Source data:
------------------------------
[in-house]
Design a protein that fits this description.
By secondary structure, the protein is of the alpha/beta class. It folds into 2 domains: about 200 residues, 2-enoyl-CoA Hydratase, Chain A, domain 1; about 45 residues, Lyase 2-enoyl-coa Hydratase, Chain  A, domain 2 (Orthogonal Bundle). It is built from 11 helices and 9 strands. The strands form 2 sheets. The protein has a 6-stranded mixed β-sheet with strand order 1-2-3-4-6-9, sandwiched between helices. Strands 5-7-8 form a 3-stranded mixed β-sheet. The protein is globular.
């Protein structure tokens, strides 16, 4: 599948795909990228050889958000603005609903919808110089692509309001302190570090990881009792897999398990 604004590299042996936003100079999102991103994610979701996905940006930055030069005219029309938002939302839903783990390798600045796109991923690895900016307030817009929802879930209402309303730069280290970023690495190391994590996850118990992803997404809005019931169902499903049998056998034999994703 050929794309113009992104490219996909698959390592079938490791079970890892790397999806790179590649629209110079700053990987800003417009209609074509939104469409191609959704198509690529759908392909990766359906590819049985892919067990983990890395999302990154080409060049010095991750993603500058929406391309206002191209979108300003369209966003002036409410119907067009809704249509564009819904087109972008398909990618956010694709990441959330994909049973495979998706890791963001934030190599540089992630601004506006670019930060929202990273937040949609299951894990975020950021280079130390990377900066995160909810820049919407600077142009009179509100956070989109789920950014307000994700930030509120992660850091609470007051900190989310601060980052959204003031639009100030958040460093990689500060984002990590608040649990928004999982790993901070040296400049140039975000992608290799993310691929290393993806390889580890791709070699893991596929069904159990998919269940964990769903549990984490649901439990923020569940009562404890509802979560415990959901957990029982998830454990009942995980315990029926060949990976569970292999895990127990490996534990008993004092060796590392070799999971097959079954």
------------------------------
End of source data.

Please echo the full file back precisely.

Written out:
[in-house]
Design a protein that fits this description.
By secondary structure, the protein is of the alpha/beta class. It folds into 2 domains: about 200 residues, 2-enoyl-CoA Hydratase, Chain A, domain 1; about 45 residues, Lyase 2-enoyl-coa Hydratase, Chain  A, domain 2 (Orthogonal Bundle). It is built from 11 helices and 9 strands. The strands form 2 sheets. The protein has a 6-stranded mixed β-sheet with strand order 1-2-3-4-6-9, sandwiched between helices. Strands 5-7-8 form a 3-stranded mixed β-sheet. The protein is globular.
């Protein structure tokens, strides 16, 4: 599948795909990228050889958000603005609903919808110089692509309001302190570090990881009792897999398990 604004590299042996936003100079999102991103994610979701996905940006930055030069005219029309938002939302839903783990390798600045796109991923690895900016307030817009929802879930209402309303730069280290970023690495190391994590996850118990992803997404809005019931169902499903049998056998034999994703 050929794309113009992104490219996909698959390592079938490791079970890892790397999806790179590649629209110079700053990987800003417009209609074509939104469409191609959704198509690529759908392909990766359906590819049985892919067990983990890395999302990154080409060049010095991750993603500058929406391309206002191209979108300003369209966003002036409410119907067009809704249509564009819904087109972008398909990618956010694709990441959330994909049973495979998706890791963001934030190599540089992630601004506006670019930060929202990273937040949609299951894990975020950021280079130390990377900066995160909810820049919407600077142009009179509100956070989109789920950014307000994700930030509120992660850091609470007051900190989310601060980052959204003031639009100030958040460093990689500060984002990590608040649990928004999982790993901070040296400049140039975000992608290799993310691929290393993806390889580890791709070699893991596929069904159990998919269940964990769903549990984490649901439990923020569940009562404890509802979560415990959901957990029982998830454990009942995980315990029926060949990976569970292999895990127990490996534990008993004092060796590392070799999971097959079954």